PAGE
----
Wednesday, April 15, 2015


It seems we’ve become a species either immune to noise or addicted to it.  But I can never get used to the noise beyond these woods.  I was away for a week and in the city the rumble is constant with honking horns and sirens, leaf blowers and diesel trucks.  I had a hard time sleeping.  Everyone is in a rush.  I’m sure they all have places to go but people seem angry, impatient and rude.  I just wanted to get home; and every time I venture out into the world I tell myself I’ll do it no more.

The moment I drove back through the first gate I began to relax.  Home.  The Woods.  I stopped to watch a kestrel I’ve come to know sitting atop an old telephone line.  Past the second gate and the tranquility settled more firmly like finding the right spot in your favorite pillow.  At the third gate I looked north and thought of what I’d just endured.  I feel bad for family members who have allowed themselves to be part of that madness.  All for what, I ask?

At the cabin I unloaded the truck and then decided to go woods roaming.  As usual spring arrived a couple of weeks before its due date.  But winter never goes full term in these parts.  The bluebonnets have come and gone but the fire-wheels, wine cups, daisies, bull nettles, sunflowers and many other flowers are still with us.  We’ve had ample rain and everything is green.  It seems unnatural in a world that usually lives within a drought.  Ah, but back in the city people use water frivolously.  Homeowners insist on green lawns.  Farmers act as if they have some sort of entitlement.  Use it up.  Dump it out.  Use some more.  Flush it.  Frack it.  Inject it with solvents and carcinogens and oily residues.  What the heck, it’s only water.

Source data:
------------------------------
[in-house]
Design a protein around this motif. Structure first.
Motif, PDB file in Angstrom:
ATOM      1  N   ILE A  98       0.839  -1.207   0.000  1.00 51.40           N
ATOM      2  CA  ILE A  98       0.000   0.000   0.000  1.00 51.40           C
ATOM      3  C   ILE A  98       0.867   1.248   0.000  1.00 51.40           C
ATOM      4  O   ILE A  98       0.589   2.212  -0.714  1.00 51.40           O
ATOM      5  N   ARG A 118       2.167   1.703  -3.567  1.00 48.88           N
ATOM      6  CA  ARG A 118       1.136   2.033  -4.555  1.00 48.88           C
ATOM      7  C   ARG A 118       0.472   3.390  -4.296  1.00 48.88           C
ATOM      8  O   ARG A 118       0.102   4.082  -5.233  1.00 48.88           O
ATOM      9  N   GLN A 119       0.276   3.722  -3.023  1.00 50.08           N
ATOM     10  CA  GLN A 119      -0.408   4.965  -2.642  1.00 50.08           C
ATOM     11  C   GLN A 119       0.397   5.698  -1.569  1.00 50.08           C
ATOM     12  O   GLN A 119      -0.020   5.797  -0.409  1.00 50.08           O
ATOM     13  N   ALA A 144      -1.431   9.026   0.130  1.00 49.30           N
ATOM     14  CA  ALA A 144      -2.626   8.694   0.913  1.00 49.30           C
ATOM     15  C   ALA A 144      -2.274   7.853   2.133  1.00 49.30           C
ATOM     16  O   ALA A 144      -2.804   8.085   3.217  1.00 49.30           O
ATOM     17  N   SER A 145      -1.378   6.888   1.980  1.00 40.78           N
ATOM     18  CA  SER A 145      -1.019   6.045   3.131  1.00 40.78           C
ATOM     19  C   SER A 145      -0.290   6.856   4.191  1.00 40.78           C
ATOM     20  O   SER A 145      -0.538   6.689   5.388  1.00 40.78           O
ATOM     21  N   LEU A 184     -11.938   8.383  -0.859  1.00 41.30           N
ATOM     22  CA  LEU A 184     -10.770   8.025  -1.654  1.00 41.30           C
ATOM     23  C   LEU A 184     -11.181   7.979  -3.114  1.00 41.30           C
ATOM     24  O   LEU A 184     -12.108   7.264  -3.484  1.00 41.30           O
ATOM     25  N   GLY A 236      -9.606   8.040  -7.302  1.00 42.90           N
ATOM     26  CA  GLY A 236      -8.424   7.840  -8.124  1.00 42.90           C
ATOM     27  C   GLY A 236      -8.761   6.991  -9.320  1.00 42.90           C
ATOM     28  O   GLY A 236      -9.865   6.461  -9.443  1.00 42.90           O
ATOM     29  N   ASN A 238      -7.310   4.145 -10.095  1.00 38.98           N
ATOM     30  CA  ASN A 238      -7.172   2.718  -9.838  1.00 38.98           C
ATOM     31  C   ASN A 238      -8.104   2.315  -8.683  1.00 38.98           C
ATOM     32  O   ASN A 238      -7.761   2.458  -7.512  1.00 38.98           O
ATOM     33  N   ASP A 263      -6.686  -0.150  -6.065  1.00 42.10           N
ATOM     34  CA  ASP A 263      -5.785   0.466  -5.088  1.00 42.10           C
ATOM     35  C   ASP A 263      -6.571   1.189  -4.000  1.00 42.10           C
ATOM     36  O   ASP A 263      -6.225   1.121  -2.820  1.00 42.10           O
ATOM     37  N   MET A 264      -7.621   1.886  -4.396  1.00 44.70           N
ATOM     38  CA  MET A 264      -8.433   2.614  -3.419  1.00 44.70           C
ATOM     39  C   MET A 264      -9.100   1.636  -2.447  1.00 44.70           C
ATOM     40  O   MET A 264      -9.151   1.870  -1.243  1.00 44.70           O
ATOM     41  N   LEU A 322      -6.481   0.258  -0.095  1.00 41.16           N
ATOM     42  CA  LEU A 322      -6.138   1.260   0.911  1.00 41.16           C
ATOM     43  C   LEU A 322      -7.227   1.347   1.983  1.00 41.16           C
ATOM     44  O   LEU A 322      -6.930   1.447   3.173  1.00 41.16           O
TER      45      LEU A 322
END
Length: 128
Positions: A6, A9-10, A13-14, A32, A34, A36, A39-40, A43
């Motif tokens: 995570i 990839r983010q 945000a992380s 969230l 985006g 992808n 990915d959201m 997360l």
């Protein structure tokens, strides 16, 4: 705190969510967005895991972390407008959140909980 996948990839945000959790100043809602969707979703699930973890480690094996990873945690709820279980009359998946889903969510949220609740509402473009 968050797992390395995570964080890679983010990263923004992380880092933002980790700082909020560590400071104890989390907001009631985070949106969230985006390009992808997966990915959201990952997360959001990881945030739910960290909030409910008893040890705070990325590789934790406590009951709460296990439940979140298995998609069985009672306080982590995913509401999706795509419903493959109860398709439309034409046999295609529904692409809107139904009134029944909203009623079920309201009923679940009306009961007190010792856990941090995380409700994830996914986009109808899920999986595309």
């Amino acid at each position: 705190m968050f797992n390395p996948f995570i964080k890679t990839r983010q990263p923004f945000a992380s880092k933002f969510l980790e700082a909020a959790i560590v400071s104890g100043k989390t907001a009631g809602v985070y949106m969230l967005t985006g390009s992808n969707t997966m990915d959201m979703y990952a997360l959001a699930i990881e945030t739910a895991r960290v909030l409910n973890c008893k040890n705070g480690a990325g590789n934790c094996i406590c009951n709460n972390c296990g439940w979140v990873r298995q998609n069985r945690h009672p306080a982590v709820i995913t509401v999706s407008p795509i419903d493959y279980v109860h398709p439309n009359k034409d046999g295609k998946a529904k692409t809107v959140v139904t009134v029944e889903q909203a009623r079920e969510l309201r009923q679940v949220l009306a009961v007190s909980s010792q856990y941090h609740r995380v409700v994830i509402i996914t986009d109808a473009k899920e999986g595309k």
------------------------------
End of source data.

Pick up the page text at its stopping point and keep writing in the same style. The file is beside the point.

As always my two companions went with me.  Oy and Maggie never miss a chance to wander the woods.  We communicate with short chirps and nearly silent whistles.  Does that make me a dog whisperer?  They keep close and we are a team.  If one stops then we all stop.  If one notices something odd then we all go on the alert.  Silence.  A complete lack of manmade noises.

I carry only a few things.  Hat, bandana, homemade pruning saw, walking stick, a couple of water bottles, butane lighter and a woods knife.  Made from 5160 spring steel, as sharp as a razor, one-quarter inch thick, full tang.  Not too big as to be clumsy.  A seven inch blade or thereabouts.  Don’t fret the details.  Larger knives have their place for special tasks but more often than not they get left back at camp or not taken at all because they’re awkward.  A nice little Mora is light and dandy but too frail for the thorn forest.  Of course, I’m always playing with designs.  A pointed tip has its place but really isn’t as necessary as some claim.  I’ve got a bunch of new blades ready for the fire.  Like I’ve said before, it’s fun and games.